The Tunisian rationale

In 2011, shortly after the Tunisian people threw out Zine el-Abidine Ben Ali and pressed the restart button on their government, I gave an interview in which I was asked what it was about events in Tunisia that led me to be such an early believer that something important was happening. At the time I ...

FETHI BELAID/AFP/Getty Images)
FETHI BELAID/AFP/Getty Images)
FETHI BELAID/AFP/Getty Images)

In 2011, shortly after the Tunisian people threw out Zine el-Abidine Ben Ali and pressed the restart button on their government, I gave an interview in which I was asked what it was about events in Tunisia that led me to be such an early believer that something important was happening. At the time I said one word: enthusiasm. The enthusiasm of the Tunisian people for reform is what caught my attention. It was an enthusiasm for change that I had not seen before in the Arab world. A few weeks ago, as I completed a 10-day trip to the country, including meetings with the prime minister's office, civil society, and private sector leadership, I concluded that while the enthusiasm is still there, it is at risk due to challenges facing the economy and lack of investment.

Tunisia is a small state, with a population of just over 10 million, and as such requires some unique natural or developed resources to compete with larger countries in the global market. Because Tunisia lacks natural resources, since its independence from France in 1956, it has attempted to develop its people, and has succeeded in establishing one of the best education systems in the Arab world, ranking second behind Jordan in the 2007 Human Development Index. Ironically, the 2011 revolution was fueled by the unmet expectations for jobs of those well-educated young people and their parents. The 2010 unemployment rate in Tunisia was approximately 14 percent and that almost certainly is an underestimate.

Emerging from the revolution, the new leadership of the country was left with the challenge of finding solutions to the cries for jobs in Tunisia. To a limited extent, they alleviated some pressure by opening up government jobs that had previously been reserved for the president's family, friends, and allies. According to one young man, he never would have gotten a job as a teacher under Ben Ali, even though he is qualified. In fact, he had been waiting for two years while living with his parents. After the revolution, his fortune changed, as good jobs like public school teaching positions were no longer reserved for the family and friends of the ruling family and larger administration. Today he is married, has a young son, and is building a home for his wife, children, parents, and sister's family. The revolution has changed his life.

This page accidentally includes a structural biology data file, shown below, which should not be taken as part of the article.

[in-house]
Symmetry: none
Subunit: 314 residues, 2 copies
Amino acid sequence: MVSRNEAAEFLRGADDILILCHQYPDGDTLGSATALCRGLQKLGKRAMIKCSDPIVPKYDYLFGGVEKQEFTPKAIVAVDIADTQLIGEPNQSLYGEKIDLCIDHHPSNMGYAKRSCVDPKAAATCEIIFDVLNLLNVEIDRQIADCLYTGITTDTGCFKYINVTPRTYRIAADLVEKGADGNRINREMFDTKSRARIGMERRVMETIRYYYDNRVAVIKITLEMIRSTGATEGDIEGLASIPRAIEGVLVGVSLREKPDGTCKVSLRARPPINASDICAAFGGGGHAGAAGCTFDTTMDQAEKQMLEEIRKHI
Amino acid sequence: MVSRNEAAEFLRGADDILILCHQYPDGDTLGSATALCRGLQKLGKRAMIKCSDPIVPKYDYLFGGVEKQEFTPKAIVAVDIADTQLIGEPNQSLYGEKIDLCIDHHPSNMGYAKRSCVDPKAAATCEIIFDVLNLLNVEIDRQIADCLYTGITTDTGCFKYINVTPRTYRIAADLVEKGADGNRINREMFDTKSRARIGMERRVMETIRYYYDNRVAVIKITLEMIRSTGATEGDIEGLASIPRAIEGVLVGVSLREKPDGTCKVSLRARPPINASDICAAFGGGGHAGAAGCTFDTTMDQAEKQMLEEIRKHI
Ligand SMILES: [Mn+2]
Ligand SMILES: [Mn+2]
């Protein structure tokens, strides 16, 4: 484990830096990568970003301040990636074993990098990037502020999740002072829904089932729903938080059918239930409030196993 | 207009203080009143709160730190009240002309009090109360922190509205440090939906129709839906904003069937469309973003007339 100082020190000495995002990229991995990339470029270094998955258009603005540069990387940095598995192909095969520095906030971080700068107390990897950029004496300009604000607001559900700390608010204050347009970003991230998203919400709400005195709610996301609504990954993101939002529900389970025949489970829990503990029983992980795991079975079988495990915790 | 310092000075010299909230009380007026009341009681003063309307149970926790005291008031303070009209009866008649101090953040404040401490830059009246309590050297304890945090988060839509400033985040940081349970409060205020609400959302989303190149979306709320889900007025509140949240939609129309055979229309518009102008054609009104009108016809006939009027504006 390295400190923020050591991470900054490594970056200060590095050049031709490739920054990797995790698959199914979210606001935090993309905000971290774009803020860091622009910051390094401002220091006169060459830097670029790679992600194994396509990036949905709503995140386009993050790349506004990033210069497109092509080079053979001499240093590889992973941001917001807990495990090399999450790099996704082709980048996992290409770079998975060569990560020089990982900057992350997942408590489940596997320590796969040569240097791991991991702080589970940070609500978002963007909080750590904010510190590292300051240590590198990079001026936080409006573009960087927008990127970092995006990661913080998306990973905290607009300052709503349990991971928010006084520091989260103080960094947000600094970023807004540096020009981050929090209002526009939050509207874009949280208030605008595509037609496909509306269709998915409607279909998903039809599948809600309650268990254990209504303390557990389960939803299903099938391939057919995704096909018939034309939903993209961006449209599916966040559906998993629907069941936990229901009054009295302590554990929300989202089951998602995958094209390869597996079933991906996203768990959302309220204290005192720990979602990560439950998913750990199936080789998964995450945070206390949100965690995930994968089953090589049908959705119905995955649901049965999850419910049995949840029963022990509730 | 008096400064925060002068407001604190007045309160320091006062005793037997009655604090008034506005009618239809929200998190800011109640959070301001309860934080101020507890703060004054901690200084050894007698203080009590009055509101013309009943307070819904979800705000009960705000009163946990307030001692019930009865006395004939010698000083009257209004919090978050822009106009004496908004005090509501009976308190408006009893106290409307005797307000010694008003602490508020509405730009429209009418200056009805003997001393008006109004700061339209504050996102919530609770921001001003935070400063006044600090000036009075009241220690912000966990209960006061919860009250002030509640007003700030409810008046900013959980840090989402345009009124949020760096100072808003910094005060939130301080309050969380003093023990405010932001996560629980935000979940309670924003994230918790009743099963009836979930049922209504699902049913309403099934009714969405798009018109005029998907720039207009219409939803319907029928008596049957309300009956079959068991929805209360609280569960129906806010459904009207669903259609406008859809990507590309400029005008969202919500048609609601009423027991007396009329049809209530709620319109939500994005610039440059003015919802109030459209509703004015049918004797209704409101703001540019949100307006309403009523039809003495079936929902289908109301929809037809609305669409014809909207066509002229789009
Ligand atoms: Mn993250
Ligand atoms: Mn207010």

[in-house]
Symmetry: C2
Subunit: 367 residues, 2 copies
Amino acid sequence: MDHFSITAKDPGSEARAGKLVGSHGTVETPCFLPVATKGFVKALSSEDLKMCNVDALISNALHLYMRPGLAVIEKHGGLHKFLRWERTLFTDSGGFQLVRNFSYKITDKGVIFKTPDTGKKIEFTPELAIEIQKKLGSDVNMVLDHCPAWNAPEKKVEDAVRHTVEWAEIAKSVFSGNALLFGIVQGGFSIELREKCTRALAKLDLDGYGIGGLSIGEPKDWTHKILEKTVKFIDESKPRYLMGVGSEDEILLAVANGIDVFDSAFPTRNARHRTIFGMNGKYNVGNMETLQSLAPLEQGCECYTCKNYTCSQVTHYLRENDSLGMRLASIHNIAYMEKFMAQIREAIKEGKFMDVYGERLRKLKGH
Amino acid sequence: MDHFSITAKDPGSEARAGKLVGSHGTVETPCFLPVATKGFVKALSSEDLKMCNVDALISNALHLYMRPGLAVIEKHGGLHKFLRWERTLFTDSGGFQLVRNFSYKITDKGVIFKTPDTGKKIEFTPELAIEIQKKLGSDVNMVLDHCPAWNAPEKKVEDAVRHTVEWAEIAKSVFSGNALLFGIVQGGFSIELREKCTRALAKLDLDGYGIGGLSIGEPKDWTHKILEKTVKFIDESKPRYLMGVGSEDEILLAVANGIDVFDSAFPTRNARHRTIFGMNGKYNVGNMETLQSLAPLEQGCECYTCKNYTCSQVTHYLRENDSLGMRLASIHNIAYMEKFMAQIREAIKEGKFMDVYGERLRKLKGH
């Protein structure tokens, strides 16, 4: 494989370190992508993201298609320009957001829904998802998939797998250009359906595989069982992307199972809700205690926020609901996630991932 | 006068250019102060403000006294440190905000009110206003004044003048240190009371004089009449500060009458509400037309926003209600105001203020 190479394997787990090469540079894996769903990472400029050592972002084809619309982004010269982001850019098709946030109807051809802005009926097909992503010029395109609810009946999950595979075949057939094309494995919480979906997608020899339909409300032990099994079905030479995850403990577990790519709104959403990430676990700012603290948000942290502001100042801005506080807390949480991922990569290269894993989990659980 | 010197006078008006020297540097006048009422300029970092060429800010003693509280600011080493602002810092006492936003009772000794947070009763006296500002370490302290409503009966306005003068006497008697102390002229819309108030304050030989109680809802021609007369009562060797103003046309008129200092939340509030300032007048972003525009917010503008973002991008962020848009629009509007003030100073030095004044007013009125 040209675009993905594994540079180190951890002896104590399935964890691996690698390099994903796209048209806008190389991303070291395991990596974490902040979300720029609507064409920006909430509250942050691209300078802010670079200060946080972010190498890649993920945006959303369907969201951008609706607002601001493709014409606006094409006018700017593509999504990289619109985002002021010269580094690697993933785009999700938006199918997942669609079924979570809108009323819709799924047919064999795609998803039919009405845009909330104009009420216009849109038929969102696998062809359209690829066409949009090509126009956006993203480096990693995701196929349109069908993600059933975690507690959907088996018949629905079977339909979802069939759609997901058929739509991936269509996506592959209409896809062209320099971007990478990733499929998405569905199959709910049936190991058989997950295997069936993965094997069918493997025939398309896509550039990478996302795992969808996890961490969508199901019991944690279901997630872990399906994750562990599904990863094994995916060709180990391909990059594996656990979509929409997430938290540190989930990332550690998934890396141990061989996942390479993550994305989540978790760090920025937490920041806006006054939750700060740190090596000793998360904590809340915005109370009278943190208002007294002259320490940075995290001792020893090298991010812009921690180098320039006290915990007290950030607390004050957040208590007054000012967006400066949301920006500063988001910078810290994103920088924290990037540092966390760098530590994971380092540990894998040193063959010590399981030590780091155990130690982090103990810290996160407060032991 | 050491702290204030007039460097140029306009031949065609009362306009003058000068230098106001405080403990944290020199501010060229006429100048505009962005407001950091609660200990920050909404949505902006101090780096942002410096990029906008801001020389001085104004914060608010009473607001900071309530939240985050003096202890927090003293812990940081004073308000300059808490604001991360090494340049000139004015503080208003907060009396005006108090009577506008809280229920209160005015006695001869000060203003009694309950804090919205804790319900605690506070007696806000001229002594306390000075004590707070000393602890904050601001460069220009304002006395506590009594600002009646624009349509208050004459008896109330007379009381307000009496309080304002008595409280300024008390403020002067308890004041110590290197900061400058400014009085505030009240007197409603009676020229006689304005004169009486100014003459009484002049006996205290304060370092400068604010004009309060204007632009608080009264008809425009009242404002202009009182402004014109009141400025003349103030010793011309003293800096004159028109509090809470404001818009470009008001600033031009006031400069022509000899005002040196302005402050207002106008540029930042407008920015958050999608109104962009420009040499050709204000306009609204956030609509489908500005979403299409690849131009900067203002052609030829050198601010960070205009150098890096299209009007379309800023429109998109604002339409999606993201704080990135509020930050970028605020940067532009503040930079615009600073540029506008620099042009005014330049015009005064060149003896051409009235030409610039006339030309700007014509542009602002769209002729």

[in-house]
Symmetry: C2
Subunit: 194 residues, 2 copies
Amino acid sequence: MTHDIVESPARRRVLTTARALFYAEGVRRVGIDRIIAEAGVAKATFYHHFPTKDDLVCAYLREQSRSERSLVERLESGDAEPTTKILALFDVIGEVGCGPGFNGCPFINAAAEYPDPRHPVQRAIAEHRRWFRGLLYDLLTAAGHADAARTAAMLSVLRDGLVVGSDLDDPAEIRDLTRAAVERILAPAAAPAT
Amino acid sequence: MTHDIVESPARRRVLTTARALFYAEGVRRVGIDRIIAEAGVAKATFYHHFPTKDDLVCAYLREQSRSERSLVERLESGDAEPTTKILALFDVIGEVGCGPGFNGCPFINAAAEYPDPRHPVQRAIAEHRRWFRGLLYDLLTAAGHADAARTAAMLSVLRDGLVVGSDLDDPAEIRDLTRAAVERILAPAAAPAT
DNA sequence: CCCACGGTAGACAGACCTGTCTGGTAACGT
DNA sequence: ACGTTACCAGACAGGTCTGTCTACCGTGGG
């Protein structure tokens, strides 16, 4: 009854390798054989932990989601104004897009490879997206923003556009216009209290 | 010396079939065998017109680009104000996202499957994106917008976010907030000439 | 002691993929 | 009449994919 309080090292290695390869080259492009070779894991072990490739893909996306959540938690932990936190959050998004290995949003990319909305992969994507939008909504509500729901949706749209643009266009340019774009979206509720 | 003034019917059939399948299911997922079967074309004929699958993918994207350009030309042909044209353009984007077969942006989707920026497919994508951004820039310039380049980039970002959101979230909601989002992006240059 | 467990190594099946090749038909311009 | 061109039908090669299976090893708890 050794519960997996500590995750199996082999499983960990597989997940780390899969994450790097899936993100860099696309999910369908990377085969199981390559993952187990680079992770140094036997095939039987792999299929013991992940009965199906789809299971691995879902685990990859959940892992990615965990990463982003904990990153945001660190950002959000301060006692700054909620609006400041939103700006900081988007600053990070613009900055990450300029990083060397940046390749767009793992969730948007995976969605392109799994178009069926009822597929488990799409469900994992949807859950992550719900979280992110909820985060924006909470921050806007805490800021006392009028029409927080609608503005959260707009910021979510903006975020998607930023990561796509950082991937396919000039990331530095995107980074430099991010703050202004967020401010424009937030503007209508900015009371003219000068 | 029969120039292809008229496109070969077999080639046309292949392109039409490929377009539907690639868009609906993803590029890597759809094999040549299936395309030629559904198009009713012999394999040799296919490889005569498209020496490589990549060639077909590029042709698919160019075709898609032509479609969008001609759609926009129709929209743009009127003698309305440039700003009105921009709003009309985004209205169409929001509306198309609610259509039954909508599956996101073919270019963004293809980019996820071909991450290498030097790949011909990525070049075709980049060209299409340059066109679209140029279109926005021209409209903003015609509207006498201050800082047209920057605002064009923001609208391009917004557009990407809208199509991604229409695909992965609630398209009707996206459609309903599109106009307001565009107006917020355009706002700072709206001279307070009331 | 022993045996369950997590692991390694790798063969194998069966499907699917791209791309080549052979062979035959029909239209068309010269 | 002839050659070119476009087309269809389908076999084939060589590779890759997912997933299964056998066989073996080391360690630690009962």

In 2011, shortly after the Tunisian people threw out Zine el-Abidine Ben Ali and pressed the restart button on their government, I gave an interview in which I was asked what it was about events in Tunisia that led me to be such an early believer that something important was happening. At the time I said one word: enthusiasm. The enthusiasm of the Tunisian people for reform is what caught my attention. It was an enthusiasm for change that I had not seen before in the Arab world. A few weeks ago, as I completed a 10-day trip to the country, including meetings with the prime minister’s office, civil society, and private sector leadership, I concluded that while the enthusiasm is still there, it is at risk due to challenges facing the economy and lack of investment.

Tunisia is a small state, with a population of just over 10 million, and as such requires some unique natural or developed resources to compete with larger countries in the global market. Because Tunisia lacks natural resources, since its independence from France in 1956, it has attempted to develop its people, and has succeeded in establishing one of the best education systems in the Arab world, ranking second behind Jordan in the 2007 Human Development Index. Ironically, the 2011 revolution was fueled by the unmet expectations for jobs of those well-educated young people and their parents. The 2010 unemployment rate in Tunisia was approximately 14 percent and that almost certainly is an underestimate.

Emerging from the revolution, the new leadership of the country was left with the challenge of finding solutions to the cries for jobs in Tunisia. To a limited extent, they alleviated some pressure by opening up government jobs that had previously been reserved for the president’s family, friends, and allies. According to one young man, he never would have gotten a job as a teacher under Ben Ali, even though he is qualified. In fact, he had been waiting for two years while living with his parents. After the revolution, his fortune changed, as good jobs like public school teaching positions were no longer reserved for the family and friends of the ruling family and larger administration. Today he is married, has a young son, and is building a home for his wife, children, parents, and sister’s family. The revolution has changed his life.